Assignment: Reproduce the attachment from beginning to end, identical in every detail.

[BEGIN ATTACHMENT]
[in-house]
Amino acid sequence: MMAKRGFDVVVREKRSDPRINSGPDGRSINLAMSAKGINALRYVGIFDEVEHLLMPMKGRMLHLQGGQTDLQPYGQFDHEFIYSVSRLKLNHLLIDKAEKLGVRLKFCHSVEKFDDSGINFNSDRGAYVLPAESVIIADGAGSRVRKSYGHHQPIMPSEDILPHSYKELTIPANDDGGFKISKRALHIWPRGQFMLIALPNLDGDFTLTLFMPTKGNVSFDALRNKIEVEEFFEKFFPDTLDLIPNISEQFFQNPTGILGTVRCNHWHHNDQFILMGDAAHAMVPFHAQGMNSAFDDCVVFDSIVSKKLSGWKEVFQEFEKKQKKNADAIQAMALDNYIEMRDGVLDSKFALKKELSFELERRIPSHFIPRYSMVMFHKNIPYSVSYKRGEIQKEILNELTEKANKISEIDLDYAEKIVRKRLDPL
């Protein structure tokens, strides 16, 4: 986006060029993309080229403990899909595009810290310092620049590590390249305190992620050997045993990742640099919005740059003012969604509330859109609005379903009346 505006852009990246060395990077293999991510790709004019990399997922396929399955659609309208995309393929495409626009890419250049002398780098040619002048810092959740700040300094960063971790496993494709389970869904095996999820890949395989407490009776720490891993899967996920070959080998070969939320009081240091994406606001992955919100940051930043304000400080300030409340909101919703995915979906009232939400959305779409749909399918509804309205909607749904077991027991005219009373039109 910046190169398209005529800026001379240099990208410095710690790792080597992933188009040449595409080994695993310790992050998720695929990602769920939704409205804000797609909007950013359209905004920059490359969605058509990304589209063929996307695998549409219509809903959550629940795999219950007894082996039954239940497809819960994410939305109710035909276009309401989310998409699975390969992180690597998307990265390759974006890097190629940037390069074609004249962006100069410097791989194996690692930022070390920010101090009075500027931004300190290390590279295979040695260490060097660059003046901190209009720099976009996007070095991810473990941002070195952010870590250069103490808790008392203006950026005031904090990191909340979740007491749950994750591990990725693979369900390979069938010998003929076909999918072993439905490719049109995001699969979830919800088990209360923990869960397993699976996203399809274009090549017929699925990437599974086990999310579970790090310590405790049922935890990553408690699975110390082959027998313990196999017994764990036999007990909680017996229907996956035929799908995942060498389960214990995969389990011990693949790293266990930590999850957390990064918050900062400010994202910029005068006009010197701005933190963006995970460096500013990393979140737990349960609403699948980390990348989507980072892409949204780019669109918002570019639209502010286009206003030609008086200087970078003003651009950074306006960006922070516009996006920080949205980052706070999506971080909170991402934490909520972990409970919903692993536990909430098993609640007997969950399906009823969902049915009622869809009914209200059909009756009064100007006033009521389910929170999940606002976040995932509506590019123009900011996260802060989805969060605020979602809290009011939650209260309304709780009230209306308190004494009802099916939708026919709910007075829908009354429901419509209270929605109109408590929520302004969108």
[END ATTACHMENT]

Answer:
[in-house]
Amino acid sequence: MMAKRGFDVVVREKRSDPRINSGPDGRSINLAMSAKGINALRYVGIFDEVEHLLMPMKGRMLHLQGGQTDLQPYGQFDHEFIYSVSRLKLNHLLIDKAEKLGVRLKFCHSVEKFDDSGINFNSDRGAYVLPAESVIIADGAGSRVRKSYGHHQPIMPSEDILPHSYKELTIPANDDGGFKISKRALHIWPRGQFMLIALPNLDGDFTLTLFMPTKGNVSFDALRNKIEVEEFFEKFFPDTLDLIPNISEQFFQNPTGILGTVRCNHWHHNDQFILMGDAAHAMVPFHAQGMNSAFDDCVVFDSIVSKKLSGWKEVFQEFEKKQKKNADAIQAMALDNYIEMRDGVLDSKFALKKELSFELERRIPSHFIPRYSMVMFHKNIPYSVSYKRGEIQKEILNELTEKANKISEIDLDYAEKIVRKRLDPL
């Protein structure tokens, strides 16, 4: 986006060029993309080229403990899909595009810290310092620049590590390249305190992620050997045993990742640099919005740059003012969604509330859109609005379903009346 505006852009990246060395990077293999991510790709004019990399997922396929399955659609309208995309393929495409626009890419250049002398780098040619002048810092959740700040300094960063971790496993494709389970869904095996999820890949395989407490009776720490891993899967996920070959080998070969939320009081240091994406606001992955919100940051930043304000400080300030409340909101919703995915979906009232939400959305779409749909399918509804309205909607749904077991027991005219009373039109 910046190169398209005529800026001379240099990208410095710690790792080597992933188009040449595409080994695993310790992050998720695929990602769920939704409205804000797609909007950013359209905004920059490359969605058509990304589209063929996307695998549409219509809903959550629940795999219950007894082996039954239940497809819960994410939305109710035909276009309401989310998409699975390969992180690597998307990265390759974006890097190629940037390069074609004249962006100069410097791989194996690692930022070390920010101090009075500027931004300190290390590279295979040695260490060097660059003046901190209009720099976009996007070095991810473990941002070195952010870590250069103490808790008392203006950026005031904090990191909340979740007491749950994750591990990725693979369900390979069938010998003929076909999918072993439905490719049109995001699969979830919800088990209360923990869960397993699976996203399809274009090549017929699925990437599974086990999310579970790090310590405790049922935890990553408690699975110390082959027998313990196999017994764990036999007990909680017996229907996956035929799908995942060498389960214990995969389990011990693949790293266990930590999850957390990064918050900062400010994202910029005068006009010197701005933190963006995970460096500013990393979140737990349960609403699948980390990348989507980072892409949204780019669109918002570019639209502010286009206003030609008086200087970078003003651009950074306006960006922070516009996006920080949205980052706070999506971080909170991402934490909520972990409970919903692993536990909430098993609640007997969950399906009823969902049915009622869809009914209200059909009756009064100007006033009521389910929170999940606002976040995932509506590019123009900011996260802060989805969060605020979602809290009011939650209260309304709780009230209306308190004494009802099916939708026919709910007075829908009354429901419509209270929605109109408590929520302004969108």